Monday, 18 January 2016

Woody Multiples

The first Woody Woodpecker cartoon released after the Walter Lantz studio had shut down for almost two years was “Puny Express” (1951). The first few Woodys when Lantz returned had been timed by director Dick Lundy before the shutdown from stories by Heck Allen and Bugs Hardaway. There was no dialogue, apparently to facilitate their sale in foreign countries.

There are lots of brush strokes and multiples in a scene where Buzz Buzzard pushes the plunger on a dynamite detonation box—only to be squirted with water. He looks inside to see what’s wrong. The selected drawings below tell the story. The first five are consecutive frames.

The next five drawings are consecutive as well.

Three more consecutive drawings.

And the next three are consecutive frames.

Ray Abrams, La Verne Harding and Don Patterson get screen credit for animation.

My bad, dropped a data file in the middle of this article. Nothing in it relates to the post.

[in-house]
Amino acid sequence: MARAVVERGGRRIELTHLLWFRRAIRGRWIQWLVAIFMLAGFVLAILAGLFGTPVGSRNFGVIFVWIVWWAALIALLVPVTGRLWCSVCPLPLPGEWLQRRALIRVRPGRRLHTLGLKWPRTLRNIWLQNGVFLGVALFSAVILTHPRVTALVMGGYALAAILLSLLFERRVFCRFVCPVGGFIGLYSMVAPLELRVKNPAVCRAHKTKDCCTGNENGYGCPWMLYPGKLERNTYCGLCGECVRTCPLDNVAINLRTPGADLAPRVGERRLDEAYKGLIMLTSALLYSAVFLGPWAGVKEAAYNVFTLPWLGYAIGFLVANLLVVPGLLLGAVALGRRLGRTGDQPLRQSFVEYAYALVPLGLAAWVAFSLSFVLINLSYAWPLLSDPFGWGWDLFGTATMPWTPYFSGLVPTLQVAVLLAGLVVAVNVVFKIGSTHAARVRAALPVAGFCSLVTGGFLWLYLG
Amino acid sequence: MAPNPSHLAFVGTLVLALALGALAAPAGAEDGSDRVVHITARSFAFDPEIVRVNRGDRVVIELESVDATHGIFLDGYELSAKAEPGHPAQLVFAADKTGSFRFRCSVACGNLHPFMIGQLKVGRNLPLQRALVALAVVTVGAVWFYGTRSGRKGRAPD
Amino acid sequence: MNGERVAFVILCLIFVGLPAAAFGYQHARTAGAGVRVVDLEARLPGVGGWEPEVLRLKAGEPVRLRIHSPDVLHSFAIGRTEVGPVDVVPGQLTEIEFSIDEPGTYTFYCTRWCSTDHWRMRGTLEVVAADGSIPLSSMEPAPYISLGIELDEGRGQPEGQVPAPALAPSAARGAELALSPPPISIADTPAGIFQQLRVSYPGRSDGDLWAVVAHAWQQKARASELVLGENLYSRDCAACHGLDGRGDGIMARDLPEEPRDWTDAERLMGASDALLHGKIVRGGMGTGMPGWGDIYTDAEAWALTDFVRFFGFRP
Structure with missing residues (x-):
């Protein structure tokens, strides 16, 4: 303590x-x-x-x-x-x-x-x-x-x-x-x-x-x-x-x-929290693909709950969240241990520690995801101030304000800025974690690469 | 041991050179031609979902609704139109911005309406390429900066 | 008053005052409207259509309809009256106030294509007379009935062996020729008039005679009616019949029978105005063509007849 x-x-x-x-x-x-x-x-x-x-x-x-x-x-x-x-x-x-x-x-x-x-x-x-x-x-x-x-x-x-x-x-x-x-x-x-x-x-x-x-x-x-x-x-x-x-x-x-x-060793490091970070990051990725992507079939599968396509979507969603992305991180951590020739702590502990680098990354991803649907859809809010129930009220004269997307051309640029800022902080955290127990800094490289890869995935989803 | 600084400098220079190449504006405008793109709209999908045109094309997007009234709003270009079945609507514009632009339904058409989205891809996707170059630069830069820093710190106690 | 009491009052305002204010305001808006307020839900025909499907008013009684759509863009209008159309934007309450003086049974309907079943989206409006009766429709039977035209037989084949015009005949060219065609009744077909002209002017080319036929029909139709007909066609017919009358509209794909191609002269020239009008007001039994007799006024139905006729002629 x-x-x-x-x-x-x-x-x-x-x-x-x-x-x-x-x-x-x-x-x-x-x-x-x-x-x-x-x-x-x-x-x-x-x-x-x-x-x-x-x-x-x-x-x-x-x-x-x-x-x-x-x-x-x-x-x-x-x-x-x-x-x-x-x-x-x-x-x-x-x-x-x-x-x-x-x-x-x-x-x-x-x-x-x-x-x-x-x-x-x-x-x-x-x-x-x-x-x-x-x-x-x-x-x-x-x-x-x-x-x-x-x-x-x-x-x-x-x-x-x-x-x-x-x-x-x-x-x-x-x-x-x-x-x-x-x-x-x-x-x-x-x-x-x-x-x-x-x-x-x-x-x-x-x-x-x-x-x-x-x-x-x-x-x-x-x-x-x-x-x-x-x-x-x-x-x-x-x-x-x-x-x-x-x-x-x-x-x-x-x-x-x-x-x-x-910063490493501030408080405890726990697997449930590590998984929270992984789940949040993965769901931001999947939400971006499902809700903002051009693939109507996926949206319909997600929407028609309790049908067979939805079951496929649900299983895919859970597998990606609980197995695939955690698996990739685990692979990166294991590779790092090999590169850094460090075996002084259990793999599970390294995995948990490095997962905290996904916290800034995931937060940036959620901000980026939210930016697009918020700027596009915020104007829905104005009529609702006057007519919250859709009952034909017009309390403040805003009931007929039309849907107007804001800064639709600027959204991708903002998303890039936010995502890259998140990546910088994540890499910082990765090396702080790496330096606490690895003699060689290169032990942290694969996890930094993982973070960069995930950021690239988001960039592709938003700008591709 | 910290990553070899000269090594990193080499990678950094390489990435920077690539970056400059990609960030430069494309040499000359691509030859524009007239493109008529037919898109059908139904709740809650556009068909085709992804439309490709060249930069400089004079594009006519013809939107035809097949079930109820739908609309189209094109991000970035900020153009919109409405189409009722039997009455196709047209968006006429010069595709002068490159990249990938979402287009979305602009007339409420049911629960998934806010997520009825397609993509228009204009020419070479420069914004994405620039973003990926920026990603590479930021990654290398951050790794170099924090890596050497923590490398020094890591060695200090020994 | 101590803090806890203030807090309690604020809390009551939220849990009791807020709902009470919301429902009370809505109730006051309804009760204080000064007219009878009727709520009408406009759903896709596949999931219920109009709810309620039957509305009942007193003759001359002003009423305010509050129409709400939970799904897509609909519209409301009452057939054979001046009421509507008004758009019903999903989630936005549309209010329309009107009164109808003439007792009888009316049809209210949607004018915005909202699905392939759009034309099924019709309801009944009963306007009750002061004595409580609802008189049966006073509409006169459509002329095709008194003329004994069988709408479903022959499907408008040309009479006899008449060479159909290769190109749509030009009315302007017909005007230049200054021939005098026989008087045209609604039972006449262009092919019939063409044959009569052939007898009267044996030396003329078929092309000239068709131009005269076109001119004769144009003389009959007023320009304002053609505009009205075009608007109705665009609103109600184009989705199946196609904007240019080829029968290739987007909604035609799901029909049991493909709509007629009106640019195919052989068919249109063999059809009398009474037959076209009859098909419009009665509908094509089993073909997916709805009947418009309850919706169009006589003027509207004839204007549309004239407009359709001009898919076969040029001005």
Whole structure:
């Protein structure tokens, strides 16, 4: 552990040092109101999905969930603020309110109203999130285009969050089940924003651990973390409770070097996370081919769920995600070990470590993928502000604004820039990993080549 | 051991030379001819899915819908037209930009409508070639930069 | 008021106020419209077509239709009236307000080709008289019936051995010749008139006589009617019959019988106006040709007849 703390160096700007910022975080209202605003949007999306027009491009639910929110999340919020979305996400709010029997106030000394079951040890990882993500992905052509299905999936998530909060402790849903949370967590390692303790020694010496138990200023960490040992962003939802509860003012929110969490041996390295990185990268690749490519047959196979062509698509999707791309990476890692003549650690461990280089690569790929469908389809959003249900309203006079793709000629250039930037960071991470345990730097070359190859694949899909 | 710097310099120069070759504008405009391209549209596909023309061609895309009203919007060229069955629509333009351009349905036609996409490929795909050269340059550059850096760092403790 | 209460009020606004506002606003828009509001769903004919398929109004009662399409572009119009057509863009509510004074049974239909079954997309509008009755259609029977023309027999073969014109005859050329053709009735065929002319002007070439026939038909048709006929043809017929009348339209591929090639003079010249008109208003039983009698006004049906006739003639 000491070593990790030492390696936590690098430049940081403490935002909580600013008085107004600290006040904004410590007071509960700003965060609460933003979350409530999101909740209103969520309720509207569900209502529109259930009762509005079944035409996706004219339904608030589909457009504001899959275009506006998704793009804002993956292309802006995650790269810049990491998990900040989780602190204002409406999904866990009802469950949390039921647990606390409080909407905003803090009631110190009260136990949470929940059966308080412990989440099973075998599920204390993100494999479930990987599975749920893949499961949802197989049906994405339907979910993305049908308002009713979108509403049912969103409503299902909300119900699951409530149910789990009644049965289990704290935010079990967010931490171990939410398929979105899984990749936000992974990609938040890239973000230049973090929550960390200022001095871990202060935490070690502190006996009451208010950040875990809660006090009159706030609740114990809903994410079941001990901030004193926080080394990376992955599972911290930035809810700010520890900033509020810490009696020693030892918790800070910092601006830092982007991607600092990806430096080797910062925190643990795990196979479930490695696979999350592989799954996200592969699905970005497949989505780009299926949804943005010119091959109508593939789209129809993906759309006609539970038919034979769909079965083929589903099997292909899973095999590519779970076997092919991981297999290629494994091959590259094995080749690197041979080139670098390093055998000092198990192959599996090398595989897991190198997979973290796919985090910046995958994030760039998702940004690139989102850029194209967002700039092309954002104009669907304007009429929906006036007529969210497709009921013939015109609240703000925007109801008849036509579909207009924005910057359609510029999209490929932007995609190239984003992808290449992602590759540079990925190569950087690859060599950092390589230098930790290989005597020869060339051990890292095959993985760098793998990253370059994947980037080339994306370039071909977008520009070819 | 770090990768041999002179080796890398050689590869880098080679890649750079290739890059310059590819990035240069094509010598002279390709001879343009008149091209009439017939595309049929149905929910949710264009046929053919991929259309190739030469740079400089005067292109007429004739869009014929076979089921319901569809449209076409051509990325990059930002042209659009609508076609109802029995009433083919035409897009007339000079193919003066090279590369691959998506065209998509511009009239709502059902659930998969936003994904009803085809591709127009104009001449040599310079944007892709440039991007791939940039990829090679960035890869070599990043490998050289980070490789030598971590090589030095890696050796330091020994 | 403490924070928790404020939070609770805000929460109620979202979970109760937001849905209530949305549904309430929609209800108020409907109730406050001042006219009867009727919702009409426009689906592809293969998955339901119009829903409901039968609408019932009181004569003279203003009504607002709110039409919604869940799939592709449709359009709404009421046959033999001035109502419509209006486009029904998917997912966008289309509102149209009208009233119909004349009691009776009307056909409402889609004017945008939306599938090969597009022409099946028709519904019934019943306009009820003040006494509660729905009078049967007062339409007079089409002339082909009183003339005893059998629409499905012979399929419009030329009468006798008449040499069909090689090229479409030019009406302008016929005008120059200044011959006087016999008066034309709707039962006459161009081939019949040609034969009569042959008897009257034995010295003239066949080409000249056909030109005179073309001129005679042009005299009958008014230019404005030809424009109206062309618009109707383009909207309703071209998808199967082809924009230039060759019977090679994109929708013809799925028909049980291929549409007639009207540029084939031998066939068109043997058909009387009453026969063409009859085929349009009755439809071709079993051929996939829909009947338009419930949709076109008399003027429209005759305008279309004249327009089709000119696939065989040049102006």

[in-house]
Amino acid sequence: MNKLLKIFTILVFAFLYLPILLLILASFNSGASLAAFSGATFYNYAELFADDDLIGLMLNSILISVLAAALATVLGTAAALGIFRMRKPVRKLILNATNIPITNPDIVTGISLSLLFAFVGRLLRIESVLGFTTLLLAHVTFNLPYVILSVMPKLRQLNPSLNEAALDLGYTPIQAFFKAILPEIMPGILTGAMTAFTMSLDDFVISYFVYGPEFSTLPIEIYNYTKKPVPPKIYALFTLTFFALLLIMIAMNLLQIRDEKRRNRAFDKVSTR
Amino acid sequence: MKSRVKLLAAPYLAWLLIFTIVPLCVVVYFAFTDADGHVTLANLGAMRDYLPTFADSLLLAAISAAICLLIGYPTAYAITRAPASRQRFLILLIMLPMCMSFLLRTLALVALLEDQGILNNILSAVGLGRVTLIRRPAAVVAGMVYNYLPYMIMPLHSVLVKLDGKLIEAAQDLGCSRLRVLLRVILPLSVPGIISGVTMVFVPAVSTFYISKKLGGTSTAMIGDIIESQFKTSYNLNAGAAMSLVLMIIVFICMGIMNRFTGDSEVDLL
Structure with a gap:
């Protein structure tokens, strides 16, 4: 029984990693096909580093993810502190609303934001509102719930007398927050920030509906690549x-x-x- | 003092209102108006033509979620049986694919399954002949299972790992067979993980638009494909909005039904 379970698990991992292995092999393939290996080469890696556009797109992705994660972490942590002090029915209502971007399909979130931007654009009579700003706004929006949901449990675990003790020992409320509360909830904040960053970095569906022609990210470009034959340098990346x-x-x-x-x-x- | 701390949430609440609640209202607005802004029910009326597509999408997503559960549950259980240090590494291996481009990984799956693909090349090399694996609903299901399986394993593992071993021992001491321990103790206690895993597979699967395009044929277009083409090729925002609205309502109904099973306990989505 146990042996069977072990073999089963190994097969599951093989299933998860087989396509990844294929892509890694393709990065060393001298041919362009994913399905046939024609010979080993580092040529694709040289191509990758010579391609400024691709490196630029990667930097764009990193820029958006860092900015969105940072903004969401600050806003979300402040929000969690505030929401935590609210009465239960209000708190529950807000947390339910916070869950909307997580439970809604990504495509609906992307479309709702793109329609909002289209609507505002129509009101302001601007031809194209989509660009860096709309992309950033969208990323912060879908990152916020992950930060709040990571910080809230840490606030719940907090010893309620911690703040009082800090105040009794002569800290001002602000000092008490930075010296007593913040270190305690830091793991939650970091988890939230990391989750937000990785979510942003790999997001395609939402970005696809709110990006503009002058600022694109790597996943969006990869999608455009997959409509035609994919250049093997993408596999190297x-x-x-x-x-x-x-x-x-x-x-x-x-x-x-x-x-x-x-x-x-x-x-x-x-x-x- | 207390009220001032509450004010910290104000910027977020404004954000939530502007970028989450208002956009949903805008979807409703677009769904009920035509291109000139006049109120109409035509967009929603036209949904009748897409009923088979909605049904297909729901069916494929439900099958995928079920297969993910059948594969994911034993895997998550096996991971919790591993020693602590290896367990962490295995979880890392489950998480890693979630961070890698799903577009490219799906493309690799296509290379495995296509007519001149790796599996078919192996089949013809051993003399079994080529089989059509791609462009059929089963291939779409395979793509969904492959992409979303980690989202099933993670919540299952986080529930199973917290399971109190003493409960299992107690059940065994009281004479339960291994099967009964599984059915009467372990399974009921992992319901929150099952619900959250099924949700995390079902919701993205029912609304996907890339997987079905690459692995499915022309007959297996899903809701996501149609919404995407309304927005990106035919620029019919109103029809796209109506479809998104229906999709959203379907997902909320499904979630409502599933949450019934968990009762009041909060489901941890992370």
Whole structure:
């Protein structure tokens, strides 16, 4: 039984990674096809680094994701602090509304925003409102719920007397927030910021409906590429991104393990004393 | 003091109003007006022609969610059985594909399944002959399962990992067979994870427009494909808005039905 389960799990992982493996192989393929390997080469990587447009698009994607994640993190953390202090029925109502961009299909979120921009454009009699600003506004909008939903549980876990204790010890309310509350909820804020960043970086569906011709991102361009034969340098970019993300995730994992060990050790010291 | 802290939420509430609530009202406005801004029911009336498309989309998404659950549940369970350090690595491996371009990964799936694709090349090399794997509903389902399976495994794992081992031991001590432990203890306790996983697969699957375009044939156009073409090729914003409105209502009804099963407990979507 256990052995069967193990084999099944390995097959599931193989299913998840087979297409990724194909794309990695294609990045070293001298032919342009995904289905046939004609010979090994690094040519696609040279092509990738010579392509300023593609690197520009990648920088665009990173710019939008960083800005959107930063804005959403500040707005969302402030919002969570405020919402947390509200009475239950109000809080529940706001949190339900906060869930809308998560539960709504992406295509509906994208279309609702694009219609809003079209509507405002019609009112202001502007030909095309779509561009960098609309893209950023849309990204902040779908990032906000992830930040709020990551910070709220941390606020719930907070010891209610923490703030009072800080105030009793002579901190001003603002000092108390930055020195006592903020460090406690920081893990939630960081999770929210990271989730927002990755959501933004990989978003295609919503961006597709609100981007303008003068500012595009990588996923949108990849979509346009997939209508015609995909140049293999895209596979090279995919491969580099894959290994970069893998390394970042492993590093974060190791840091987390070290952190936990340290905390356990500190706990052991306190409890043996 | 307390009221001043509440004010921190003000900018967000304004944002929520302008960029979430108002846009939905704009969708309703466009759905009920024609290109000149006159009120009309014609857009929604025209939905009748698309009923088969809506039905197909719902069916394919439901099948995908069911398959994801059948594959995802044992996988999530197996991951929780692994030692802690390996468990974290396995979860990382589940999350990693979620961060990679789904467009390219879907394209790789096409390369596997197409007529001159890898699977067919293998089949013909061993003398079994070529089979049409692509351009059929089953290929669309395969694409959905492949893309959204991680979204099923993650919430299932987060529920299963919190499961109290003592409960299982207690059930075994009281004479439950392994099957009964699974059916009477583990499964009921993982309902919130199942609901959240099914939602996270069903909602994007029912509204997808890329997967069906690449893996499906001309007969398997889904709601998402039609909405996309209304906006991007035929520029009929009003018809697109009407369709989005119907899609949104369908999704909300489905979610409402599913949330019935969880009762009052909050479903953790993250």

1. This one seemed to have been planned as a follow-up to 1949's "Wild and Woody". It would have been fun to see how the characters would have moved if Lantz hadn't run out of money and Lundy and his team of animators had been able to finish the cartoon.

  2. Well, it's not a terrible cartoon. But in the history of theatrical animation was there ever a fall as sad as the Lantz cartoons, post-UA (not forgetting Warners in the '60s)? And Mrs. Lantz's irritating Woody voice just seemed to exemplify the whole mess.

    1. With Grace Staffords voice, Woody sounded like a girl. Ben Hardaways voice is better.